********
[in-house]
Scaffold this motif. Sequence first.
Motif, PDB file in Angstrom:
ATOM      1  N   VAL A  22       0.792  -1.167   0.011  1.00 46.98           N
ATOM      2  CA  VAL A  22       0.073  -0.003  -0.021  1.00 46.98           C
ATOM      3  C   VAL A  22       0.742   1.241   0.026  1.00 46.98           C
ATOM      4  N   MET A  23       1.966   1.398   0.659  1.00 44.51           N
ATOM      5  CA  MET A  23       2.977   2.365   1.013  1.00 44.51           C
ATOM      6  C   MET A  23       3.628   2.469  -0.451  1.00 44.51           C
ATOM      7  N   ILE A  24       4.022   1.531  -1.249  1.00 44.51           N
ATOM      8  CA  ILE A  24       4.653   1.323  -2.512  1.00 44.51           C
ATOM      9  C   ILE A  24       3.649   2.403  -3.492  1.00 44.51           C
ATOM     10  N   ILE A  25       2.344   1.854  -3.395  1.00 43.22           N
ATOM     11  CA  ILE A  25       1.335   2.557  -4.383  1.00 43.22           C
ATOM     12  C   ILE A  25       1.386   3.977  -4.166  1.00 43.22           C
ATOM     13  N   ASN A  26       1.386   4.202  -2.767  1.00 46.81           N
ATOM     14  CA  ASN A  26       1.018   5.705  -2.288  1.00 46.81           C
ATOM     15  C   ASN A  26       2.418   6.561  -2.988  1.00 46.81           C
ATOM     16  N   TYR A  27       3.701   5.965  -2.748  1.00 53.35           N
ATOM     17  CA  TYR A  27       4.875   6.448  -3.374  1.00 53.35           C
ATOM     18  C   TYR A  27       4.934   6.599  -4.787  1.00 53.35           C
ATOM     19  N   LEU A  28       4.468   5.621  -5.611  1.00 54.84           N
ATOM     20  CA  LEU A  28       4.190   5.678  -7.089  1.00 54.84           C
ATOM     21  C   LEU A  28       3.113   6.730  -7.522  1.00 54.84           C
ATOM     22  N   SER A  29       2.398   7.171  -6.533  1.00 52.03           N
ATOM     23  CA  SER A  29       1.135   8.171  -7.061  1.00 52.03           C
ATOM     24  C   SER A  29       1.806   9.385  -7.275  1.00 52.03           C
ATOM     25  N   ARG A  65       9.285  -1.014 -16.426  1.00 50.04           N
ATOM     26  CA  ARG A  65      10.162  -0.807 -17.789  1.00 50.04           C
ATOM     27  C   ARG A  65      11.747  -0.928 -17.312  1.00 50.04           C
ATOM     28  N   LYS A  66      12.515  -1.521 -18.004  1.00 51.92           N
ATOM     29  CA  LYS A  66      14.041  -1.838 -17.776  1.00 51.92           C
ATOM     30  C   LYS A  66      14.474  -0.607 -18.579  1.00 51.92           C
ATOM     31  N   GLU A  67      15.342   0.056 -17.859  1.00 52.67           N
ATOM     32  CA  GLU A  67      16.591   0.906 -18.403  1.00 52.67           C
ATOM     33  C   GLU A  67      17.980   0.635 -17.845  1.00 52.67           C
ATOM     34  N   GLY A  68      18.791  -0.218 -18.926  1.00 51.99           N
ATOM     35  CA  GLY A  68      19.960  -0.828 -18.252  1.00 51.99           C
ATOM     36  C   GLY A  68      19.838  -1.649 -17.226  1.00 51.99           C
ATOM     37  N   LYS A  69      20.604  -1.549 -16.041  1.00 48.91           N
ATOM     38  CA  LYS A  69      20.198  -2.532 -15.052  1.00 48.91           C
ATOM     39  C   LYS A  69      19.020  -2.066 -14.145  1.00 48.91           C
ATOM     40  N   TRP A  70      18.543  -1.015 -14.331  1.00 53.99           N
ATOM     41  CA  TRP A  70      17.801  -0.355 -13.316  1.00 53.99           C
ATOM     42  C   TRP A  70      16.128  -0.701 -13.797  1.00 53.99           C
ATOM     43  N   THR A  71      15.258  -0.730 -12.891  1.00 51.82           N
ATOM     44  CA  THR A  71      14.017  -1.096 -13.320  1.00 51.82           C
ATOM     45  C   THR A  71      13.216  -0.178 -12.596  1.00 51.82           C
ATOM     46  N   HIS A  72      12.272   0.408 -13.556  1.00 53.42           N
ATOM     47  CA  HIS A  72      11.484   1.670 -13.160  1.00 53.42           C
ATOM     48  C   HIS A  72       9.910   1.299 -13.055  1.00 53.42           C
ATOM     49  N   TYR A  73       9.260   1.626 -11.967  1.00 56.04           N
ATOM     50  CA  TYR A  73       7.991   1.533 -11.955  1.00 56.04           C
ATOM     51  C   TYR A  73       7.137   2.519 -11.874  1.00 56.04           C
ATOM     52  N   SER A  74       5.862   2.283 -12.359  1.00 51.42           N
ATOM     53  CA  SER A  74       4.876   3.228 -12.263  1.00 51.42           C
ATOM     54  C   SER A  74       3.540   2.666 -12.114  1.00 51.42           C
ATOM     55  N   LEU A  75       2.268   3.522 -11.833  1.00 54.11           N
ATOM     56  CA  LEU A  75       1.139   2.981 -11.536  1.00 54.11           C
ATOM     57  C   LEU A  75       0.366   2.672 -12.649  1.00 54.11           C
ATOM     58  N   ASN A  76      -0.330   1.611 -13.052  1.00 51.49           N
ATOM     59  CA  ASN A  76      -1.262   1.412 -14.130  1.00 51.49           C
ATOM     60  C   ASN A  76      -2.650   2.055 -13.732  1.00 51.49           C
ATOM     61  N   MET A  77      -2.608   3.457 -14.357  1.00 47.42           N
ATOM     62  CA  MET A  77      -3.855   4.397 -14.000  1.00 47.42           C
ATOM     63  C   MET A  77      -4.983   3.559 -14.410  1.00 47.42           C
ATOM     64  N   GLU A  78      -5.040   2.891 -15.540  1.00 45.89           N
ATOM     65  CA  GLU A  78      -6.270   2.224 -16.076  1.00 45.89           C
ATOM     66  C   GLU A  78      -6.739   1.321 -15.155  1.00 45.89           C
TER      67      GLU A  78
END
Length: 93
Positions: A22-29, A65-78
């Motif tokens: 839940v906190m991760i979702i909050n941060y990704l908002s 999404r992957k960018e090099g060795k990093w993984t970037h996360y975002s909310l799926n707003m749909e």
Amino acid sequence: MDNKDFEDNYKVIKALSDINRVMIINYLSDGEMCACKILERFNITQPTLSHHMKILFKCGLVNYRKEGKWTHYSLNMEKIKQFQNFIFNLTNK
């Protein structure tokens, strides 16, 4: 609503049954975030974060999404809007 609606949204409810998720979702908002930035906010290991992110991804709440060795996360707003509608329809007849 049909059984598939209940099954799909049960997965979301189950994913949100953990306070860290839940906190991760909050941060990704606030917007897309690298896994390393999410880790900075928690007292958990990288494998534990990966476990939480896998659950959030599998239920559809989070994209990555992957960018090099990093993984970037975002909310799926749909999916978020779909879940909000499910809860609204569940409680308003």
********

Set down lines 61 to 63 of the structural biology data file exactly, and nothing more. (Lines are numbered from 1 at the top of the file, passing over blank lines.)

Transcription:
ATOM     58  N   ASN A  76      -0.330   1.611 -13.052  1.00 51.49           N
ATOM     59  CA  ASN A  76      -1.262   1.412 -14.130  1.00 51.49           C
ATOM     60  C   ASN A  76      -2.650   2.055 -13.732  1.00 51.49           C